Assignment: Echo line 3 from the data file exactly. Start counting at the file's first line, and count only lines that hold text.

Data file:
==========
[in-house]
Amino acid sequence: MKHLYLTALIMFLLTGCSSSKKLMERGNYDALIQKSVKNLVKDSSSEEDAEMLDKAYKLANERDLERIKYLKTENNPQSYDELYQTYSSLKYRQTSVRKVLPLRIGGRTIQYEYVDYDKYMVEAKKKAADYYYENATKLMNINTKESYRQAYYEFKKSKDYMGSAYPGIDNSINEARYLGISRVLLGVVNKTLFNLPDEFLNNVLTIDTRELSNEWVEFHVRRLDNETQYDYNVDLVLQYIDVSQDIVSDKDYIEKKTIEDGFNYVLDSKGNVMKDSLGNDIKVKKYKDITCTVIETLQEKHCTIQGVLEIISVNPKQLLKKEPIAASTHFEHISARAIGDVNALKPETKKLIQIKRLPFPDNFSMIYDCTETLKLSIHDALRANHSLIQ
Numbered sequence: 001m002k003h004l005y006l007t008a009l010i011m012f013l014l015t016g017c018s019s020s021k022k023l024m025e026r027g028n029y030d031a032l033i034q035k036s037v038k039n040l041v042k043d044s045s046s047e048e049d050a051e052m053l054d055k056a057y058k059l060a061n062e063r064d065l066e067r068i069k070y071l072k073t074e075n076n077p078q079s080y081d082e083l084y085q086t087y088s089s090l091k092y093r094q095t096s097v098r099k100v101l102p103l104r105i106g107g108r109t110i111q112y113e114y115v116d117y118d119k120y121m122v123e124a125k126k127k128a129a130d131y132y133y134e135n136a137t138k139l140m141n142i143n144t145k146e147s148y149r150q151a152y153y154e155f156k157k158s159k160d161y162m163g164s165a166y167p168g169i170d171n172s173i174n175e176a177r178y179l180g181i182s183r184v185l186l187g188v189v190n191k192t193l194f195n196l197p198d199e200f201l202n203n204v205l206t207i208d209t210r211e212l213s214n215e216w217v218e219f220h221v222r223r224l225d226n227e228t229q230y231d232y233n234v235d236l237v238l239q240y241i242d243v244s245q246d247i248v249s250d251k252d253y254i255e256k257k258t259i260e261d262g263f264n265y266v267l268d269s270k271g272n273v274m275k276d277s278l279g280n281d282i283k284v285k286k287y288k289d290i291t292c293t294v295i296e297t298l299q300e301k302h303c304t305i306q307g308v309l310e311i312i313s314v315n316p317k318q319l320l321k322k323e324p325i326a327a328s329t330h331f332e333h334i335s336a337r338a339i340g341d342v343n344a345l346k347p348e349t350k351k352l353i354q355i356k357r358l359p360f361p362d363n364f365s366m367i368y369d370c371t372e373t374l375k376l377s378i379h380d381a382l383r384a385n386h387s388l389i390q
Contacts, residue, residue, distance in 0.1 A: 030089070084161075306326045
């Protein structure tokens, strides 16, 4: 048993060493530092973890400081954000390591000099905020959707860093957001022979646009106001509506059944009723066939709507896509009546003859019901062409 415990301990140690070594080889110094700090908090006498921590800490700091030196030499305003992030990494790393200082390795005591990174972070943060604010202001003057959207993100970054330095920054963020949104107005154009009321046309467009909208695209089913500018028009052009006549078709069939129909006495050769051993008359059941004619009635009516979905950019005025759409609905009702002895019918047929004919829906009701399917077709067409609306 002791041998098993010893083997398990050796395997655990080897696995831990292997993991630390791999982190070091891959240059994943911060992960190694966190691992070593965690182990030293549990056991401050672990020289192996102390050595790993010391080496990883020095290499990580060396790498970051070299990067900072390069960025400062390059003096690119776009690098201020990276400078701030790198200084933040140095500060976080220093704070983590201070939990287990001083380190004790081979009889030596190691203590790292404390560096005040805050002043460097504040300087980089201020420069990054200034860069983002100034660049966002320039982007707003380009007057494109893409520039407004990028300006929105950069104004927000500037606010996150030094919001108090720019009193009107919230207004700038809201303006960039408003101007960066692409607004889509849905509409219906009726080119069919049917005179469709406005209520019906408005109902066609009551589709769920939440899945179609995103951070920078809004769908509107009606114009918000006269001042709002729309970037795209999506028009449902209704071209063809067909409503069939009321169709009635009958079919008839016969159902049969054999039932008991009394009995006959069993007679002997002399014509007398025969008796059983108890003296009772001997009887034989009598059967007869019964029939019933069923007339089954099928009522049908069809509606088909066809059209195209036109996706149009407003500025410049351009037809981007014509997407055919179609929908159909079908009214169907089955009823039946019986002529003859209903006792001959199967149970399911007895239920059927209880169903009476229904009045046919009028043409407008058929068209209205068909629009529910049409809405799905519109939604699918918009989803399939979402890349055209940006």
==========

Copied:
Numbered sequence: 001m002k003h004l005y006l007t008a009l010i011m012f013l014l015t016g017c018s019s020s021k022k023l024m025e026r027g028n029y030d031a032l033i034q035k036s037v038k039n040l041v042k043d044s045s046s047e048e049d050a051e052m053l054d055k056a057y058k059l060a061n062e063r064d065l066e067r068i069k070y071l072k073t074e075n076n077p078q079s080y081d082e083l084y085q086t087y088s089s090l091k092y093r094q095t096s097v098r099k100v101l102p103l104r105i106g107g108r109t110i111q112y113e114y115v116d117y118d119k120y121m122v123e124a125k126k127k128a129a130d131y132y133y134e135n136a137t138k139l140m141n142i143n144t145k146e147s148y149r150q151a152y153y154e155f156k157k158s159k160d161y162m163g164s165a166y167p168g169i170d171n172s173i174n175e176a177r178y179l180g181i182s183r184v185l186l187g188v189v190n191k192t193l194f195n196l197p198d199e200f201l202n203n204v205l206t207i208d209t210r211e212l213s214n215e216w217v218e219f220h221v222r223r224l225d226n227e228t229q230y231d232y233n234v235d236l237v238l239q240y241i242d243v244s245q246d247i248v249s250d251k252d253y254i255e256k257k258t259i260e261d262g263f264n265y266v267l268d269s270k271g272n273v274m275k276d277s278l279g280n281d282i283k284v285k286k287y288k289d290i291t292c293t294v295i296e297t298l299q300e301k302h303c304t305i306q307g308v309l310e311i312i313s314v315n316p317k318q319l320l321k322k323e324p325i326a327a328s329t330h331f332e333h334i335s336a337r338a339i340g341d342v343n344a345l346k347p348e349t350k351k352l353i354q355i356k357r358l359p360f361p362d363n364f365s366m367i368y369d370c371t372e373t374l375k376l377s378i379h380d381a382l383r384a385n386h387s388l389i390q